LU Speech and Hearing faculty research the effects of the COVID-19 pandemic for those suffering with chronic tinnitus

In 2018, Drs. Eldre Beukes, post-doctoral researcher in audiology, and Vinaya Manchaiah, Jo Mayo Endowed Professor of Speech and Hearing Sciences, were awarded a grant from the National Institute on Deafness and Other Communication Disorders for $397,800 to study relief efforts for tinnitus sufferers in the U.S.

Their research explored ways to offer an online self-help program for individuals with tinnitus, a condition that, according to Dr. Eldre Beukes, is characterized by hearing unwanted sounds, such a s ringing or buzzing that do not originate from a corresponding external sound.

“Tinnitus frequently spikes or begins during stressful periods. People with tinnitus are also found to be at higher risk of lower emotional wellbeing, depression, and anxiety," Beukes said. "This led our team to wonder if people with tinnitus might be experiencing more distressing symptoms as a result of the added stress and anxiety brought on by the pandemic.”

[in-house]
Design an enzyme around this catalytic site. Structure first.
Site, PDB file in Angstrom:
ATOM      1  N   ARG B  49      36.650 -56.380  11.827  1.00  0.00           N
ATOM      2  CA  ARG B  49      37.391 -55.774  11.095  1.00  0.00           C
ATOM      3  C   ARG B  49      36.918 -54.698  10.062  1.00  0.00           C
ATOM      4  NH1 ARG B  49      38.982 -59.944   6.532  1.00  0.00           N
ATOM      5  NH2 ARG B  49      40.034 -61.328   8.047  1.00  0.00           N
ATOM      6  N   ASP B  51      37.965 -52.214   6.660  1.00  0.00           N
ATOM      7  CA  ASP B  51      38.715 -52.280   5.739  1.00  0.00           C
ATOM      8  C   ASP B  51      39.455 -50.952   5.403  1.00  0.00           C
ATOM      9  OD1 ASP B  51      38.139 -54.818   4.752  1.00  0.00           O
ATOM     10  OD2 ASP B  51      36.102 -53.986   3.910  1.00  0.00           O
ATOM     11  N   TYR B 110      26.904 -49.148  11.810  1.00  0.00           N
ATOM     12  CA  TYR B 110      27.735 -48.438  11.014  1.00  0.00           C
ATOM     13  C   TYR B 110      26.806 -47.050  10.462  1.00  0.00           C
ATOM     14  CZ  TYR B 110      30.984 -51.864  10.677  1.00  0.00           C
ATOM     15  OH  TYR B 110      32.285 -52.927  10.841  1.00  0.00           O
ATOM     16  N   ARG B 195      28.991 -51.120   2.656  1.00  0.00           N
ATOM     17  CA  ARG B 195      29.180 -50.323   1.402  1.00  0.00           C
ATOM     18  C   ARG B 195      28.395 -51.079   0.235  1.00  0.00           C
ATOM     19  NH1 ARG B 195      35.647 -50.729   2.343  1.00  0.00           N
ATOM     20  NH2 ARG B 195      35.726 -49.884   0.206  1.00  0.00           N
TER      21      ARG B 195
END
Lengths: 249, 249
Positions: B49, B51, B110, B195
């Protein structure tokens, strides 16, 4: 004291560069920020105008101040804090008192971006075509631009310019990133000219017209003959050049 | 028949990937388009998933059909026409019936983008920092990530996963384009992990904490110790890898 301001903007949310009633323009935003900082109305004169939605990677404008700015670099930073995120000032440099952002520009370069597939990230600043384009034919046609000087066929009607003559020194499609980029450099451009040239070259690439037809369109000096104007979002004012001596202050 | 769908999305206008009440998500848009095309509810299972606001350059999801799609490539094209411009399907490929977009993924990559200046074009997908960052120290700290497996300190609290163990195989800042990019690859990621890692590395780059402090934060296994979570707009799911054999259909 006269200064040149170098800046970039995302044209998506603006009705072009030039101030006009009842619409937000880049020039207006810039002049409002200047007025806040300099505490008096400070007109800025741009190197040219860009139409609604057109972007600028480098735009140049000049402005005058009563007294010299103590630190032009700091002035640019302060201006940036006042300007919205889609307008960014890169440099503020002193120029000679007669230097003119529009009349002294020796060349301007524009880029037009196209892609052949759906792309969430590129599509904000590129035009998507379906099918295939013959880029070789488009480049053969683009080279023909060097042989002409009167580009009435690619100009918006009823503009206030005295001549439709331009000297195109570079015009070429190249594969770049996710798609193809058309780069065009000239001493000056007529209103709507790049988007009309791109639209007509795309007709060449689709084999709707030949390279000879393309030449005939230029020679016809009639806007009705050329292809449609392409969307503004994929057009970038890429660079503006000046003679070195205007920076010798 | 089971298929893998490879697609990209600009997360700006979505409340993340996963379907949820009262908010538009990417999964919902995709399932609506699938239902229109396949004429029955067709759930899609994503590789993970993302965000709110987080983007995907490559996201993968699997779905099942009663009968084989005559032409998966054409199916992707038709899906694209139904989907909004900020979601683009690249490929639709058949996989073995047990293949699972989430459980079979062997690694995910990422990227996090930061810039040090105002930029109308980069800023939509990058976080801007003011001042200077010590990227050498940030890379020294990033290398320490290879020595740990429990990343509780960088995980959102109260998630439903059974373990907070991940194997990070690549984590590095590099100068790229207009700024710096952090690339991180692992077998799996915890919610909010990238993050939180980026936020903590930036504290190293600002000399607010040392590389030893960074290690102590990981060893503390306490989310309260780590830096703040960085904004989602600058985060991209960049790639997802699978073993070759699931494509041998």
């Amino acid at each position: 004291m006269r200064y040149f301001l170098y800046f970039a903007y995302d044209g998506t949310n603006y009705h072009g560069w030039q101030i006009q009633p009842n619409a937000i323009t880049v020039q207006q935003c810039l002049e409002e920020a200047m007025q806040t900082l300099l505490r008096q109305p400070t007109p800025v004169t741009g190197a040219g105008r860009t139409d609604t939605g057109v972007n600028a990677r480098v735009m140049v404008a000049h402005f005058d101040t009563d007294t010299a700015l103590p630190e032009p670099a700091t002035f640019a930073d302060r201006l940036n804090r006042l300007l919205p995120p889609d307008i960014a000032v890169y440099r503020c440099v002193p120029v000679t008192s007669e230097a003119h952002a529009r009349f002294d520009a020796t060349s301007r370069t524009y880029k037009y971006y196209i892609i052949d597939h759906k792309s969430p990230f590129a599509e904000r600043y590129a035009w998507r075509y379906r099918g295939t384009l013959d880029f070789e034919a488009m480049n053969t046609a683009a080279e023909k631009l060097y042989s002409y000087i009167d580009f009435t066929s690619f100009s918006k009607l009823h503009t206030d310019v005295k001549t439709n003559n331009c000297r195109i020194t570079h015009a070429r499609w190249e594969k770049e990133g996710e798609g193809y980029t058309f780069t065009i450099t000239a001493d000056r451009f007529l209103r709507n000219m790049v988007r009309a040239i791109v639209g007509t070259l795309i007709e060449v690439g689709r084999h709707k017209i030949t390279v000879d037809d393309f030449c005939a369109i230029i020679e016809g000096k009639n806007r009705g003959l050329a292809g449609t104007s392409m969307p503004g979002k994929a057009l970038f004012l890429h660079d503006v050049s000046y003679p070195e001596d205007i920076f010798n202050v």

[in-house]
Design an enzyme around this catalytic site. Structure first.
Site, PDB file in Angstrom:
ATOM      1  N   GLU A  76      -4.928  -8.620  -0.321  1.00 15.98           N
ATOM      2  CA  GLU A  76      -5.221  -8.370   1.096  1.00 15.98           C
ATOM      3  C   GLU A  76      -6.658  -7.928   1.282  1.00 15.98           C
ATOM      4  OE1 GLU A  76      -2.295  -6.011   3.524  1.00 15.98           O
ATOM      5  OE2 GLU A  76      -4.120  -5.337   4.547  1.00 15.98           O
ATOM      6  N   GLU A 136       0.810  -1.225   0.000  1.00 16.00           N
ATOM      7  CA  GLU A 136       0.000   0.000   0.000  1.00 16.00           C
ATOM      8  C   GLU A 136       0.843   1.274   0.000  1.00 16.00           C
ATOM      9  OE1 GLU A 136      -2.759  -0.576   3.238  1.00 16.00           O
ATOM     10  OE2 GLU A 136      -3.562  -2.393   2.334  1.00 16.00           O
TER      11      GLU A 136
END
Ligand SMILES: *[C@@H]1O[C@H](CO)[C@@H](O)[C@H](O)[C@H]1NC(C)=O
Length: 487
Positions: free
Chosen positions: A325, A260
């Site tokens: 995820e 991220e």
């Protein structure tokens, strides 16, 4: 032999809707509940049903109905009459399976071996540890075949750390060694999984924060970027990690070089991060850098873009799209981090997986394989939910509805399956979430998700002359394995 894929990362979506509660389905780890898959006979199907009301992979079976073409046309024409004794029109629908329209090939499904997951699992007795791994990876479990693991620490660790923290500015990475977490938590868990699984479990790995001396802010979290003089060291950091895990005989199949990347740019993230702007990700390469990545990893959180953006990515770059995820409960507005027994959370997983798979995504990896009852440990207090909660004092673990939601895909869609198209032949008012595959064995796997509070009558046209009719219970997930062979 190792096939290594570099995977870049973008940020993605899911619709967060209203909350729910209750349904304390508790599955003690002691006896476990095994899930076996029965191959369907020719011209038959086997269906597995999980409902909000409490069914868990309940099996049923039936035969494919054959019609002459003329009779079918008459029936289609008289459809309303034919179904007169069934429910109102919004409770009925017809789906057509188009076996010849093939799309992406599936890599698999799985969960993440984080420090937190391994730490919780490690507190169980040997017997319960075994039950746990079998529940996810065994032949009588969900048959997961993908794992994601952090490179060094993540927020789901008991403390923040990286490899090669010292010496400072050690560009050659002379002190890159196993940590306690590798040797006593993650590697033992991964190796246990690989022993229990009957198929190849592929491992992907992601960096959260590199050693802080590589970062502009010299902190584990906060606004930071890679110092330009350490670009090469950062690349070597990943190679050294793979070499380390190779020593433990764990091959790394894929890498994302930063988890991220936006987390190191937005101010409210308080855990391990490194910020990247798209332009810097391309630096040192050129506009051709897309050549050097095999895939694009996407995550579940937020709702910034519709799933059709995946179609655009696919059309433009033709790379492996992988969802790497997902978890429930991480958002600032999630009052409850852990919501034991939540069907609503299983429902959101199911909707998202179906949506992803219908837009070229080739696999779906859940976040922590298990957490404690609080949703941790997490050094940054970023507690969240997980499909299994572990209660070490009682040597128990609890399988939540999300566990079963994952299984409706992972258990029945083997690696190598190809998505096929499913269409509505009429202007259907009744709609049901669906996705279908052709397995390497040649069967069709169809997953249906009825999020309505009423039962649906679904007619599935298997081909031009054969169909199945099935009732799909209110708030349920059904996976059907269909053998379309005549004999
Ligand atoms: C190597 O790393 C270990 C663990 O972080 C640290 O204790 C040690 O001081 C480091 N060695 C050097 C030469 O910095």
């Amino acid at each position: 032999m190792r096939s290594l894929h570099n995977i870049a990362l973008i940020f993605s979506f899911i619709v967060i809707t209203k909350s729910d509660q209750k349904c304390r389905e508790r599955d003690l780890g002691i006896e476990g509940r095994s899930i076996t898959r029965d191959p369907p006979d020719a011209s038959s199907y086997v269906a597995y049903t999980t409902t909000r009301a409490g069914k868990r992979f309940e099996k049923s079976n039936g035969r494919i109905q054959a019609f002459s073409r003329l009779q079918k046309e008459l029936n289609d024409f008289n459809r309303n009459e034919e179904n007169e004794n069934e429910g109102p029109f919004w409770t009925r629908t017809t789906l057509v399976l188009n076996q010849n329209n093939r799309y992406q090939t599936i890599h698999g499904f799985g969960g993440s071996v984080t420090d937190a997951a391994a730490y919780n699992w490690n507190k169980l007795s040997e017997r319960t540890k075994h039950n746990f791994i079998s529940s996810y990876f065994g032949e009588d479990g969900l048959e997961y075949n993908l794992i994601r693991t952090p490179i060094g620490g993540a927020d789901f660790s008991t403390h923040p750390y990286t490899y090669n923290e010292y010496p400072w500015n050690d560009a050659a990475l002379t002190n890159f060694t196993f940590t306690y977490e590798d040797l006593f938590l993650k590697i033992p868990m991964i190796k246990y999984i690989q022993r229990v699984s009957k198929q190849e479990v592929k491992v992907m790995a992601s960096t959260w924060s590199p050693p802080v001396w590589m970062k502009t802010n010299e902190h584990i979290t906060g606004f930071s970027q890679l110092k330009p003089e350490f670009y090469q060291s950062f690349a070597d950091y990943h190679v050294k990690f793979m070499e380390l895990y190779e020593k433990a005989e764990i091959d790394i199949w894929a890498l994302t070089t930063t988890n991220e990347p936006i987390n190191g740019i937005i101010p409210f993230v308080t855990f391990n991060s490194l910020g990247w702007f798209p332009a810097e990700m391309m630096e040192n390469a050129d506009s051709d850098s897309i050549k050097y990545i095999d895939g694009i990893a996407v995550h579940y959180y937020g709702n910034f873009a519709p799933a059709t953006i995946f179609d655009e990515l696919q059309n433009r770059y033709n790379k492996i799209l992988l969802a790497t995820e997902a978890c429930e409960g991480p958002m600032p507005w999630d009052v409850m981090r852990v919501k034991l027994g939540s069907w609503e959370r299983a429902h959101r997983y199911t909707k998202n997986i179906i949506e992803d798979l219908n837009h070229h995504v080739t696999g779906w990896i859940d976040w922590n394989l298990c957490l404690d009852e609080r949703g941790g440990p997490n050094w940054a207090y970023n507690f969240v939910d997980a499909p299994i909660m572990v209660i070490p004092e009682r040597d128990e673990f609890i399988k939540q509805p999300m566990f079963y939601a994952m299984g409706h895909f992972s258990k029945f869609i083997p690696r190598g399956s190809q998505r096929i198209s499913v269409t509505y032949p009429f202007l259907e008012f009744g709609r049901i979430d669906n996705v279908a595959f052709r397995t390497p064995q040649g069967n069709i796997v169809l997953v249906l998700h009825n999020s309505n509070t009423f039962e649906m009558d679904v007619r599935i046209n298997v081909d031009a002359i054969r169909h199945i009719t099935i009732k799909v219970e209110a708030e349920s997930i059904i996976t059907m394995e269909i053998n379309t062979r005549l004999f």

In May of last year, the pair undertook a comprehensive study with over 3,000 participants suffering from tinnitus and discovered that not only did the effects of the pandemic exacerbate the disorder, but symptoms proved to be more difficult to manage for those who had COVID-19 symptoms.

More research is being done for an in-depth look at the association between preexisting tinnitus and COVID-19 symptoms, but the team hopes that the results of their study will affect how health care providers support those suffering from tinnitus moving forward. “This help comes in various forms such as tinnitus support groups, helplines, medical consultations and specific treatments such as cognitive behavioral therapy and mindfulness.”

To view a full report of their research and findings, visit Frontiers in Public Health and American Journal of Audiology.